encourages institutions to
work with borrowers in a
manner that is consistent
with sound business practice .
oting that one of the principal
objectives of the examination
and supervision process is to
achieve an accurate assessment
of a financial institution's loan
portfolio and financial condition, the Fed recognizes that
efforts to work with borrowers
in communities under stress,
if conducted in a reasonable
manner, are consistent with
safe and sound practices and
in the public interest.

Regulatory Response
(continuedfrom front page)

estate appraisals providing
that the following conditions
are met:
• The property is in a major
Midwest flood disaster area,
as declared by President
Clinton, and designated
as eligible for federal
assi tance by the Federal
Emergency Management
Agency (FEMA);
• The property is either
directly affected by the
flood or, if it is not directly
affected, the institution's
records explain how a
transaction involving the
property would enable
disaster recovery;
• Abinding commitment
exists to fund transactions
no later than July 9, 1996;
• The lender retains documentation supporting the
property's valuation for
examiner review.

Consumer Compliance
Regulation Z

The Board is providing
a temporaryexemption to
Federal Reserve Bank of St. Louis

The Fed is working
to assist banks
and their customers
affected by the
personal financial emergency.
While using the form is permissible, the consumer must
sign and date the waiver. This
exemption is available immediately in counties declared
disaster areas by President
Clinton and will expire on
July 9, 1994.

Consumer Compliance

Reinvestment Act
In assessing CRA performance
in communities affected by the
flood, the Fed will give positive
consideration to financial
institutions' participation in
programs where most or all
of the financing provided may
ultimately benefit low- and
moderate-income borrowers,
even if such neighborhoods
are located outside an institution's delineated community.


The St. Louis Fed has
po tponed several Eighth
District consumer compliance

Consistent with its longstanding practice to promote
supervisory actions that

Small Loans Evaluated on Performance
Federal Reserve Bank of St. Louis

he four federal
banking age~cies
are encouraging
bankers to foster
the growth of
lending to creditworthy borrowers, particularly smalland medium-sized businesses
and farmers. In March 1993
an interagency statement on
credit availability outlined a
program that encouraged adequately capitalized institutions
to identify a portion of their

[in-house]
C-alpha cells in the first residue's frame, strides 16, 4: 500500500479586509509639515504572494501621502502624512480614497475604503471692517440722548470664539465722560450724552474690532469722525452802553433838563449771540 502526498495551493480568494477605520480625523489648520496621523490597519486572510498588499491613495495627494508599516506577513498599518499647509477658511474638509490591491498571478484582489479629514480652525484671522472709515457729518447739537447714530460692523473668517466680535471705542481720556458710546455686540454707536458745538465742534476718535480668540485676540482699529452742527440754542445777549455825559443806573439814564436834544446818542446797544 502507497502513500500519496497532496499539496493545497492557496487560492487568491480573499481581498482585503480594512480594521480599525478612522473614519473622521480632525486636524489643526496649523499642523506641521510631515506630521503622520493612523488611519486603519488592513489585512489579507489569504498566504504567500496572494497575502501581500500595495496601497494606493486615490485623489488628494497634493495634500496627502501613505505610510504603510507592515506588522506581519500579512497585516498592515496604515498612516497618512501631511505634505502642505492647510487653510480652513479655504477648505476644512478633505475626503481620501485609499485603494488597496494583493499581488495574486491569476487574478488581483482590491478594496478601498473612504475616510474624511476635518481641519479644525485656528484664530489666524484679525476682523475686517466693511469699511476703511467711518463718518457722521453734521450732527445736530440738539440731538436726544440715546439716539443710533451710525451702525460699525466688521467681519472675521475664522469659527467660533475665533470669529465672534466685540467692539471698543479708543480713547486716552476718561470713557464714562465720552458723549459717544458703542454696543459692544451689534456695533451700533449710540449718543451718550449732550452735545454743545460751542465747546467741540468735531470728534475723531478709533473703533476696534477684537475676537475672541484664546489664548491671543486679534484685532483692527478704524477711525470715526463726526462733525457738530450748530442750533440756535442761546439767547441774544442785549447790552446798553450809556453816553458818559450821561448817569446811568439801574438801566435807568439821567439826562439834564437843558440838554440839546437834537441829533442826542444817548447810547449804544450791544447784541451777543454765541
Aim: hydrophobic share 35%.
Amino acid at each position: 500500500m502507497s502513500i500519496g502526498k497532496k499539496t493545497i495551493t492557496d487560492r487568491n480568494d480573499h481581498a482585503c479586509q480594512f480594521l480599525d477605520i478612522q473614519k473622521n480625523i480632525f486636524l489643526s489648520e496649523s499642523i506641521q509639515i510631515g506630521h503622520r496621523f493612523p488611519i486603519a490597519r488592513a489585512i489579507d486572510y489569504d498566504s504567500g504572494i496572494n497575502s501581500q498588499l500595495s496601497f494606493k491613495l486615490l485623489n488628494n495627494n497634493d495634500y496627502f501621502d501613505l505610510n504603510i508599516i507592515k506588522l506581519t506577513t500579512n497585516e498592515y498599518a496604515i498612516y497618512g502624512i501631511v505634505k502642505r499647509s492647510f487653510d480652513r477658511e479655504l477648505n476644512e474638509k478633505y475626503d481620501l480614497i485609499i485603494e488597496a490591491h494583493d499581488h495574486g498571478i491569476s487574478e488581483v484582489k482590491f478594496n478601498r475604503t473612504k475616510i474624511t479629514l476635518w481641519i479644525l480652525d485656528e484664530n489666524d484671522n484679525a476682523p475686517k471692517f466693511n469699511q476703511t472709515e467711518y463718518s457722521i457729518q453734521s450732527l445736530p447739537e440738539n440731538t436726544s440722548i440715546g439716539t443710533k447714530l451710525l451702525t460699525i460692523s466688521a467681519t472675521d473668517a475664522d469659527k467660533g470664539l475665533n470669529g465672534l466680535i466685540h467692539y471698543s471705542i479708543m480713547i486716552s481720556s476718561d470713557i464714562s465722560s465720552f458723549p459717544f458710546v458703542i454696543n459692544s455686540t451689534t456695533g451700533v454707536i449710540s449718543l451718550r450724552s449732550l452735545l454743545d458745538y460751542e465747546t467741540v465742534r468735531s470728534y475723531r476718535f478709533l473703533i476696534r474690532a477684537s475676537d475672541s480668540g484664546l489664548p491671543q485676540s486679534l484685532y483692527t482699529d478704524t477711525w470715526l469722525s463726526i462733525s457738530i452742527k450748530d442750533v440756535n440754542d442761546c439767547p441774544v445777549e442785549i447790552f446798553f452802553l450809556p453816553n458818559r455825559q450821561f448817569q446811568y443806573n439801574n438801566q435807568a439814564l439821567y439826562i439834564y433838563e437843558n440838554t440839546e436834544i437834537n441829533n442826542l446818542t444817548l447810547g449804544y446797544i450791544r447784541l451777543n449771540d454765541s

loan portfolios for examiners
to evaluate solely on performance. Recognizing that
as of mid-August few banks in
the Eighth District have taken
advantage of this program,
the following reiterates the
specifics of the program.


• Exempt loans: Bankers
must document in writing
assignments of loans to
this exempt portion of their
portfolios and they must
maintain aggregate lists
or accounting segregations
of the assigned loan
including the performance
status of each loan.
• Limit on value of individual loans: Aloan,
or group of loans, to one
borrower, assigned to the
exempt loans category may
not exceed $900,000 or
3 percent of the institution's
total capital (as defined in

the capital adequacy standards), whichever is smaller.
• Ineligible loans: Loans
to any executive officer,
director, or principal shareholder of the institution, or
any related interest of that
person, may not be included
with the exempt loans.
• Aggregate limit on
loans: The aggregate
value of all exempt loans
may not exceed 20 percent
of the institution's total
capital (as defined in the
capital adequacy standards) .
• Restrictions on loans
in the exempted portion of the portfolio:
The institution must fully
evaluate the collectibility
of exempt loans when
determining the adequacy
of its allowance for loan
and lease losses (ALLL)
or general valuation
allowance (GVA)
attributable to such
loans and must
include this evaluation in internal
records of assessment of the adequacy of its
ALLL or GVA. Once a loan
in the exempt portion of
the portfolio becomes more
than 60 days past due, the
loan may be reviewed and
classified by an examiner;
however, any decision to
classify would be based on
credit quality and not on
the level of documentation.
Institutions that choose
to designate a portion of their
portfolio for these exempt